This is my final editorial after 11 years on the AJ.
In an age in which websites and magazines come and go overnight, it has been a great privilege - and responsibility - to be the custodian of a journal with such a long proud history and such a committed and hugely talented team.
It has also, of course, been enormously rewarding to serve such an engaged and loyal readership. It is hard to imagine another magazine where a change in direction like the one the AJ has been through would be met with such an eloquent and passionate response.
And there have been enormous changes, not just in the AJ but in architecture as a whole.
When I joined the AJ as buildings editor, fresh out of Part 2, it felt like something of a triumph simply to have found employment which paid.
But now, thanks to a decade without recession, and to the building bonanza of the Lottery years, architects are beginning to enjoy some of the dignity and financial security they deserve.
Millennial extravagance has given way to a more considered approach and British architecture, at its best, is intelligent, idiosyncratic, and sustainable in every sense - but as readers sometimes point out, there is a fine line between considered restraint and banality. And while the AJ has championed the good ordinary, it has, perhaps irresponsibly, tried to turn a blind eye to the ceaseless march of mediocre development projects that are overlooked by the media but which rob our cities of their identity and our countryside of its charm.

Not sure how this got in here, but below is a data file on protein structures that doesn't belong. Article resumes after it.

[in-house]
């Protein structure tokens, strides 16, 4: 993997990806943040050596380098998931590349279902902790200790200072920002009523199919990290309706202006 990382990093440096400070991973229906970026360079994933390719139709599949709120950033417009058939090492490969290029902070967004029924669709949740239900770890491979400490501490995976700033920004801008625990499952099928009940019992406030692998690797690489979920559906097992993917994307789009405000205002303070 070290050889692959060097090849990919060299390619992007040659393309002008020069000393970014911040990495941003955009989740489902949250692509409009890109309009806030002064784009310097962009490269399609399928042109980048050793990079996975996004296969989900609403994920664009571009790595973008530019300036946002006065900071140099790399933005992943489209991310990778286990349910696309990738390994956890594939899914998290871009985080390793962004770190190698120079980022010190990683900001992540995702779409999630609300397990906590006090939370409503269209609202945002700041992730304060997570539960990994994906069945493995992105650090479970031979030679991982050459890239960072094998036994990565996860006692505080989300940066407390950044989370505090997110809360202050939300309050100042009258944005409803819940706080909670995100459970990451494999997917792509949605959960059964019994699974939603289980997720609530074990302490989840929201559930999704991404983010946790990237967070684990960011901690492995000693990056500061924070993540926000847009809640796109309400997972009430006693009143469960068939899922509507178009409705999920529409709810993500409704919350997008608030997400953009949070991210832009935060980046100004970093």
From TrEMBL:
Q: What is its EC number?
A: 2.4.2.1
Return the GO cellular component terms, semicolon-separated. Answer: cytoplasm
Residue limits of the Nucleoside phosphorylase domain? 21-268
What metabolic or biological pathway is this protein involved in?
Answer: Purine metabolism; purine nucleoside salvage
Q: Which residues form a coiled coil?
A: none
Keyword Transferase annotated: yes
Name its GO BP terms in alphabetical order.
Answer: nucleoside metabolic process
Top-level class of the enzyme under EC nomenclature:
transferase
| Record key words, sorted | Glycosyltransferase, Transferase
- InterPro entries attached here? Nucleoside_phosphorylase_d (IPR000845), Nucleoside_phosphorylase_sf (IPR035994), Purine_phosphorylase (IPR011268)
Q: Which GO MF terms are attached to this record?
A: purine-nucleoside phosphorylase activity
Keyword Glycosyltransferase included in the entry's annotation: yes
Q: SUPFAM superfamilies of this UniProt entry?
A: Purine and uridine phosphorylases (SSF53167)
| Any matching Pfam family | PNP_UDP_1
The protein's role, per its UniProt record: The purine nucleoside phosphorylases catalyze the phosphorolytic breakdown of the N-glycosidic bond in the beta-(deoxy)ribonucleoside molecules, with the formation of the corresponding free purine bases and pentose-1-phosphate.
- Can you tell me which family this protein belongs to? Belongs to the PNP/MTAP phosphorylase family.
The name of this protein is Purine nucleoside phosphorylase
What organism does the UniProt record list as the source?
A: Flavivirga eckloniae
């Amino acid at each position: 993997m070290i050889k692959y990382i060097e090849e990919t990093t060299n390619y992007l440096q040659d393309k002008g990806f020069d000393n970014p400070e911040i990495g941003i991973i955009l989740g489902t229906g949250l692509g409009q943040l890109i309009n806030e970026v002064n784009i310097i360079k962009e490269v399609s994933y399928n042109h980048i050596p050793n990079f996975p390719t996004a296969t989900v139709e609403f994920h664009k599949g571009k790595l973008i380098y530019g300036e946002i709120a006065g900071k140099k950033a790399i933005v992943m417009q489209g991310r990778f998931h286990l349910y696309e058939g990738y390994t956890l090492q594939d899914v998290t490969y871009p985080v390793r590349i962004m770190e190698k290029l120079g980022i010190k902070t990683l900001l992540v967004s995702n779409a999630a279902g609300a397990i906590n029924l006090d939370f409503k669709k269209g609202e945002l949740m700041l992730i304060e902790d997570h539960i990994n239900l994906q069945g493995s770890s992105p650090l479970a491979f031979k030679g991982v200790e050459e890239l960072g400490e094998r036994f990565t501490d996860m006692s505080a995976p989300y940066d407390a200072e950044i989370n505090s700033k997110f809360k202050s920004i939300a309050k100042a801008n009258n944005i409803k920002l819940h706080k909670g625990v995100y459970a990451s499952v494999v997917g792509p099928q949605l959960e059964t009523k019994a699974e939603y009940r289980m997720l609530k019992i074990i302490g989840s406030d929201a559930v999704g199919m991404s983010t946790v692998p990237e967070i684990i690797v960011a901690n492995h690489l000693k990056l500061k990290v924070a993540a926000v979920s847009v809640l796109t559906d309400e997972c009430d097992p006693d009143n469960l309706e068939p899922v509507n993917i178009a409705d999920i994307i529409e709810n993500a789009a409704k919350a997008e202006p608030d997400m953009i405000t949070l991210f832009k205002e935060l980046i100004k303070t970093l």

I am leaving to become the design director of HAB, a new development company established by Kevin McCloud with the specific aim of creating provincial and suburban communities that are successful, sustainable and enjoyable to live in. Doubtless I am soon to discover that, while it is easy to write about the dearth of decent architecture, it is rather more difficult to see that it gets built.